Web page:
It was the way the Tigers then picked apart the Blues on the rebound that was the significant difference in this one.

To be fair, Carlton responded after the first change as Ed Curnow, Dale Thomas, Marc Murphy and Patrick Cripps all lifted in the engine room and Kade Simpson tried his heart out.

But the polish and smarts weren't there, early, and it cost them.

 

Mitch McGovern stripped fitter against the Tigers. Pic: Getty Images
Mitch McGovern stripped fitter against the Tigers. Pic: Getty Images

 

LEANER BRACKETS SHOWS HIS WORTH

His Carlton teammates call him 'Brackets' for the way the No. 11 jumper stretches across the back of his playing jumper.

But Mitch McGovern revealed a leaner figure and produced a couple of high-marking flashes of brilliance in the third term in his AFL return.

McGovern returned from a month out to improve his fitness levels and reeled in a beauty as the rain tumbled deep forward in the second half.

He also tugged passionately at his navy blue jumper to cut the margin to 17 points after slotting his second major from 30mout in the last term.

After the disappointing first quarter, Carlton were much better slotting six goals apiece from the first change onwards.

 

Edwards is chaired off the MCG after his winning 250th. Pic: Michael Klein
Edwards is chaired off the MCG after his winning 250th. Pic: Michael Klein

 

 

RICHMOND 3.2 6.4 8.6 11.7 (73) def CARLTON 0.2 1.6 4.6 6.9 (45)

Goals: Richmond: J Graham 4 J Riewoldt 2 T Lynch 2 J Caddy J Castagna S Edwards

Carlton: M McGovern 2 L Casboult M Gibbons M Kreuzer M Murphy

Best: Richmond: Graham, Prestia, Edwards, Vlastuin, Grimes, Ellis, Lambert

Carlton: Cripps, Thomas, Murphy, Jones, Curnow, Simpson

Umpires: Robert Findlay, Curtis Deboy, Alex Whetton.

Official Crowd: 51,039 at MCG.

JAY CLARK'S VOTES:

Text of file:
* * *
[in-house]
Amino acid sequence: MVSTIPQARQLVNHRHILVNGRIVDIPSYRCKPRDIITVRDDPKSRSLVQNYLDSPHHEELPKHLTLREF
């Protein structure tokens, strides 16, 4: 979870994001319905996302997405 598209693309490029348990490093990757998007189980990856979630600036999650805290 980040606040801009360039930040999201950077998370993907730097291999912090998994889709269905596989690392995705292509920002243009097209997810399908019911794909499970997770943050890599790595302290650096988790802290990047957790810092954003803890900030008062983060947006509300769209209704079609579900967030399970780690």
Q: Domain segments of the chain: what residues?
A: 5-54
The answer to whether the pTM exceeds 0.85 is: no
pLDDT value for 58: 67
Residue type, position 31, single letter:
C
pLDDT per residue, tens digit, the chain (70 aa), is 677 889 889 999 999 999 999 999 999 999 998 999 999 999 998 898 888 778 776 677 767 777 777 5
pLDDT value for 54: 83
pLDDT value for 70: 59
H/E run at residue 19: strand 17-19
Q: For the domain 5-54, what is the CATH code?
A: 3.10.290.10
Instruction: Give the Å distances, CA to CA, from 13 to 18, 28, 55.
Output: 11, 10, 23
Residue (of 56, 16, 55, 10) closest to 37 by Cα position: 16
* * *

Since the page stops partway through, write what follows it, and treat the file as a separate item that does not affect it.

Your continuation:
3. Jack Graham (Rich)

2. Dion Prestia (Rich)

1. Shane Edwards (Rich)

 

Jack Graham does all the one per centers — and on Sunday hit the scoreboard. Pic: Michael Klein
Jack Graham does all the one per centers — and on Sunday hit the scoreboard. Pic: Michael Klein

GRAHAM, 'SHEDDA' PUT BLUES TO THE SWORD

CHRIS CAVANAGH writes ...

He is in the Richmond side for his tackling and pressure, but Jack Graham again showed there can be a damaging attacking side to his game.

At halftime, Carlton had 12 points on the scoreboard at the MCG.

Graham had 24 points to his name, courtesy of four first-half goals.

Graham is the No.1 pressure player and tackler at the Tigers by a long way - two traits that coach Damien Hardwick loves.

He had a game-high 14 tackles on Sunday - five more than any other player on the ground - and is averaging eight for the season.

But the 21-year-old also knows how to seize the moment and find the big sticks when the opportunity presents.

In his fifth AFL game, Graham booted three goals in the 2017 Grand Final, which was his equal career-high in a match until Sunday.

In an age where goalkicking accuracy is at an lowest, Graham now has 19.4 for his career - a conversion rate of 82.6 per cent.

 

 

Graham's efforts helped set the scene for a Richmond victory in teammate Shane Edwards' 250th match.

In his first 50 games, Edwards won 13 games and did not play a final.

In his last 50 games, Edwards has won 40 games and got his hands on a premiership medal.

Hardwick said last week that outside the club people don't "realise the glorious player" Edwards is.

The fact that Edwards polled just nine Brownlow Medal votes in his first 211 AFL games reflects that.

However, well-earned All-Australian honours came for the first time last year and Edwards' standing at Richmond is only continuing to rise.

"He's a bit like Bacahar Houli, they just get better and better with age," Hardwick said.

Edwards became just the 15th player to reach 250 games for the Tigers.

By year's end he could also be a two-time premiership player for the club.